Thomas Lyons virtually grew up in the Catholic Church. He attended Our Lady of Mount Carmel in Chicago through the fourth grade and served as an altar boy at St. Edward, where he also sang in the choir.
Lyons still attends mass at Church of St. Peter in North St. Paul and he has contributed money to the many good charitable efforts of his parish and the church at large.
But after a string of allegations and subsequent resignations by some of the top officials of the archdiocese, Lyons is done giving.
“I used to contribute to the archbishop’s appeal,” said Lyons, a Vadnais Heights attorney. “But now I don’t want [Archbishop John Nienstedt] to have access to any of my money.”
Given his long-held faith, Lyons may be an unlikely church rebel. Like a lot of church members, however, he’s concerned that the archdiocese of St. Paul and Minneapolis is not handling the crisis over allegations of priest abuse openly, and he doesn’t want his money used for damage control.
Lyons made the news last week when he took the dramatic step of starting a petition on change.org calling for Nienstedt to resign for the good of the church. As of Tuesday, it had 188 signatures.
These are tough times for many Twin Cities Catholics. They are facing a new wave of allegations of priest sexual abuse and accusations that some Catholic leaders ignored warnings. The scandal has prompted Nienstedt’s vicar general, the Rev. Peter Laird, to resign, along with two University of St. Thomas board members, former Archbishop Harry Flynn and the Rev. Kevin McDonough.
“I worshiped the priests who served us as a kid,” said Lyons, who thinks many of the good ones are being tarnished by a continuing failure to open up the vaults and fully investigate all allegations.
A few of those priests have also called for Nienstedt to resign, including Lyons’ own priest, the Rev. Bill Deziel (though Lyons says Deziel seemed to back off in his Sunday homily).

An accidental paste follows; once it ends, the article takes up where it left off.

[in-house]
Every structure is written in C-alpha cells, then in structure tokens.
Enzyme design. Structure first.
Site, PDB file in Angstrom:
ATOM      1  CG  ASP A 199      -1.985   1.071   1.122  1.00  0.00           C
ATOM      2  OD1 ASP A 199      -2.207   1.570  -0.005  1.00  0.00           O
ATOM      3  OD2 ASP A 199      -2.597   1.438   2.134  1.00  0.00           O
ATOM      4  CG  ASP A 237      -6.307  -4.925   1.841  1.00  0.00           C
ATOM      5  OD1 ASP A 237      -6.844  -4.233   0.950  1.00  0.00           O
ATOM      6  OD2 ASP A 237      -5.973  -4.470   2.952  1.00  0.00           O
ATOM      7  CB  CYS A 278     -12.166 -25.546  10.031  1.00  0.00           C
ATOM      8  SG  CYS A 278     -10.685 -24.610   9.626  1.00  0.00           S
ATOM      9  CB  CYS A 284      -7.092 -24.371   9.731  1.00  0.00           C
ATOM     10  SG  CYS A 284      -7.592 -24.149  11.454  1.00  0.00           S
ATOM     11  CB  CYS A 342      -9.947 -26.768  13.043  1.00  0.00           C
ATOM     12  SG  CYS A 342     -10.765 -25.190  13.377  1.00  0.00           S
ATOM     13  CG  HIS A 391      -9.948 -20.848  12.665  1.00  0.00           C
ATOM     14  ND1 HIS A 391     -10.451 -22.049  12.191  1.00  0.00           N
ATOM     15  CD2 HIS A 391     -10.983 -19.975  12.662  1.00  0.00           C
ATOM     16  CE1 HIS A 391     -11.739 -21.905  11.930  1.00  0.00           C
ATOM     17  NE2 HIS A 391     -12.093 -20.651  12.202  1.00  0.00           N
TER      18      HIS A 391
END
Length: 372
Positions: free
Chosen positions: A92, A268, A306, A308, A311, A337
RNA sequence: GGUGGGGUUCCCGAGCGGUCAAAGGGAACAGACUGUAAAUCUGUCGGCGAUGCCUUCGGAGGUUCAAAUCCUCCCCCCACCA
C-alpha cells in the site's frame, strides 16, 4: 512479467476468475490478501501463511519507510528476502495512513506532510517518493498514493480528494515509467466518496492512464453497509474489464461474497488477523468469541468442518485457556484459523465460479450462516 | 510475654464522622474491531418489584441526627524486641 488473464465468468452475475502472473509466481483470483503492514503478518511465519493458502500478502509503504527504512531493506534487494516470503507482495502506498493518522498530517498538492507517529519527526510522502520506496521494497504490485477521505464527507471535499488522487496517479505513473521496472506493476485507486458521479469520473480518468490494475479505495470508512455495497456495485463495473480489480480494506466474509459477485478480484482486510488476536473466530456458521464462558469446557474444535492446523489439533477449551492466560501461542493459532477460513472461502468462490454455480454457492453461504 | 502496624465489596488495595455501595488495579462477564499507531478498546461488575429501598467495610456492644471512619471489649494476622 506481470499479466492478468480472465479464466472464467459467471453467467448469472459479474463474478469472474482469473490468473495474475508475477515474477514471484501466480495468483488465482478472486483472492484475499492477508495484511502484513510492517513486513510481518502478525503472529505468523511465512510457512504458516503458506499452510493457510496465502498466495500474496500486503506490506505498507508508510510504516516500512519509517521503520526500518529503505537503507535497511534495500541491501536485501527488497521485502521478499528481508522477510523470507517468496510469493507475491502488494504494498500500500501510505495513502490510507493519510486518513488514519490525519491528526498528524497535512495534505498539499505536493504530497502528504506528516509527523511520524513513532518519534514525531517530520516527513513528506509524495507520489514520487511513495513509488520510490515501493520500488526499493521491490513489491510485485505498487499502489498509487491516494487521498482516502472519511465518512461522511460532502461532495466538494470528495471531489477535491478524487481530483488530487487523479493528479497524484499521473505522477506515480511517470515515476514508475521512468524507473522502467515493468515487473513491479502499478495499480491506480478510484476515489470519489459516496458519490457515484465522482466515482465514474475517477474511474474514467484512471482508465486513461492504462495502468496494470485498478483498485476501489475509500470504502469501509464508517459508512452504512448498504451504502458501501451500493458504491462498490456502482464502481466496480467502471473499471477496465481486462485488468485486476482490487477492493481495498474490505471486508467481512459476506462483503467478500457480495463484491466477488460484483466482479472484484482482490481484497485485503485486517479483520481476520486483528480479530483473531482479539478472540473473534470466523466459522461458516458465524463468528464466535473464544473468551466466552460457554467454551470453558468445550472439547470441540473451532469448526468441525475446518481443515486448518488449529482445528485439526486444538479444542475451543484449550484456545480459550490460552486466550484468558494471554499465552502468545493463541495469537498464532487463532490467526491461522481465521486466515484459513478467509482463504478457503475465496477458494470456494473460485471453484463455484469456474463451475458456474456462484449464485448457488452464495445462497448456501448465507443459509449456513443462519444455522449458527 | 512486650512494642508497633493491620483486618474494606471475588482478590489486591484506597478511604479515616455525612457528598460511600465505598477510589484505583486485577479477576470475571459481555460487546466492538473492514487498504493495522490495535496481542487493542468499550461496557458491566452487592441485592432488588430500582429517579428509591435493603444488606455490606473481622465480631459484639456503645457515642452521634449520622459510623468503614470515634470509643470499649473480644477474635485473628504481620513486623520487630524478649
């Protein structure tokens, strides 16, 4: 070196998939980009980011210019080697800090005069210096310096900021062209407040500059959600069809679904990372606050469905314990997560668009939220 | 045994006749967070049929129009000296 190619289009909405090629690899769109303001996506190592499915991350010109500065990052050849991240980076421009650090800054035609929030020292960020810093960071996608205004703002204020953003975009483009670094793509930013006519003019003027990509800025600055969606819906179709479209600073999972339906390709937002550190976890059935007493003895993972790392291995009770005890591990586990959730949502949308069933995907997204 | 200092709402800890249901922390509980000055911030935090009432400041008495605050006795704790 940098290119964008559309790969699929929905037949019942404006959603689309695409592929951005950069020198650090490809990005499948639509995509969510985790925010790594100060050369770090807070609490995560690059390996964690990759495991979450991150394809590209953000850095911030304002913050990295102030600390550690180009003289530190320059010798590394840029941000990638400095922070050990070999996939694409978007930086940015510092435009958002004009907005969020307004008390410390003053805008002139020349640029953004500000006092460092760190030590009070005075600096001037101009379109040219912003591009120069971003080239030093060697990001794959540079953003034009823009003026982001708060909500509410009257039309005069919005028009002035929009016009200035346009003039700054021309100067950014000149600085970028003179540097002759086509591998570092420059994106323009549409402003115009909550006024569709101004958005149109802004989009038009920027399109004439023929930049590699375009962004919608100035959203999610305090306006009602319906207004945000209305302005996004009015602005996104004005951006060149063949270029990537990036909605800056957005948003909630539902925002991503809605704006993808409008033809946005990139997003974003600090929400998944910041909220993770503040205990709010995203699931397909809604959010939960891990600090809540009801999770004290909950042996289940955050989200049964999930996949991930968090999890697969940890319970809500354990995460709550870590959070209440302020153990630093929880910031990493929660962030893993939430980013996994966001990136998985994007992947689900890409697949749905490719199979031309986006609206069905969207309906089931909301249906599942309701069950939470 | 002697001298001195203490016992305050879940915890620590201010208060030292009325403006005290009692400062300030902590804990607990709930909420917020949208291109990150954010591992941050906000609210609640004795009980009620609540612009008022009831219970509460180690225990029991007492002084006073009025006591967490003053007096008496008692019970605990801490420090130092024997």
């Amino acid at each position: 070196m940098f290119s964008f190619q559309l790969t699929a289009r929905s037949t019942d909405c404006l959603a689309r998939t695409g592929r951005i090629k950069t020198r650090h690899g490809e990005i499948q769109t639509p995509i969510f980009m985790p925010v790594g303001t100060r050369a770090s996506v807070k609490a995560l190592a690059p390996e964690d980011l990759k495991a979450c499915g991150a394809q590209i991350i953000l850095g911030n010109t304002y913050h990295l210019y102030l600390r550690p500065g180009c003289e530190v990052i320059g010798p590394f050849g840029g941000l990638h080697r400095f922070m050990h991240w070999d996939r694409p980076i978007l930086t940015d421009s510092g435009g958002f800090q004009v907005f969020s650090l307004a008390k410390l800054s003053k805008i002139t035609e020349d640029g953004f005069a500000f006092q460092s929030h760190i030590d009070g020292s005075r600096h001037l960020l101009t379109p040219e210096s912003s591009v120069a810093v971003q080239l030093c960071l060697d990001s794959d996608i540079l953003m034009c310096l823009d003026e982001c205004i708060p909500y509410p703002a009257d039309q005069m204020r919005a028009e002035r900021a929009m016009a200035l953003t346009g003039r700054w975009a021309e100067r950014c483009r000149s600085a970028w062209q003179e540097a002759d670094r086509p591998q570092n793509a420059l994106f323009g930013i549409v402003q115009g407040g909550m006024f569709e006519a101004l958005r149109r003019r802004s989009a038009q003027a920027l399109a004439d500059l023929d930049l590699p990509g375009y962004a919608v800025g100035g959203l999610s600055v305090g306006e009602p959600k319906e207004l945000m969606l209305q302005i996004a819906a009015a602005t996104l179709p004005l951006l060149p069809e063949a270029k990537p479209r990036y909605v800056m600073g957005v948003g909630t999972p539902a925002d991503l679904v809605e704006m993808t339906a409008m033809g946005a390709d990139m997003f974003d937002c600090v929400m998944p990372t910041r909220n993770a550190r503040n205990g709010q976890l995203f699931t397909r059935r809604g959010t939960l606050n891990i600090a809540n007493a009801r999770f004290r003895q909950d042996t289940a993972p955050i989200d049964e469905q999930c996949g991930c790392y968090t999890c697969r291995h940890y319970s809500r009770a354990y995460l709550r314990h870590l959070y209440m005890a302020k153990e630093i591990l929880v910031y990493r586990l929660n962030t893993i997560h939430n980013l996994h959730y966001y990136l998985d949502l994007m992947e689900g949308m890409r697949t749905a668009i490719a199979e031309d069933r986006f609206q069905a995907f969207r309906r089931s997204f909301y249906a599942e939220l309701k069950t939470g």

Meanwhile, another St. Paul priest, the Rev. Stephen O’Gara, said in his Sunday homily that “this is a big deal. It’s the first time, I must say, in 69 years that I’m embarrassed to be Catholic,” Minnesota Public Radio reported.
Lyons’ petition seeks to engage lay people like himself, using Pope Francis’ own standards as ammunition.
“The pope has warned the church hierarchy of its corrupting ‘worldliness,’” Lyons said. “He claims that those in power have shown vanity, arrogance and pride as signs of such corruption. Those who can’t accept that challenge from the pope need to step down.”
Lyons said he was especially upset by allegations that McDonough didn’t respond quickly to allegations because he admired the priest, who performed memorial services for one of Lyons’ sons.
“When these people get into the hierarchy, they change,” said Lyons. “They start protecting the church instead of the members. They act like princes and want to be treated like princes.”
Lyons dismisses the archdiocese’s admissions that “mistakes were made.”
“[Nienstedt] made the mistakes,” said Lyons.
Yet, Lyons said he will continue to attend mass, regardless of whether further action is taken in the archdiocese to fix what he calls “the scourge of worldliness.”
“My dad always said, ‘don’t confuse the message with the messenger,’ ” said Lyons. “If you are faithful you have to listen to the word of God. But you don’t have to listen to someone who is incompetent.”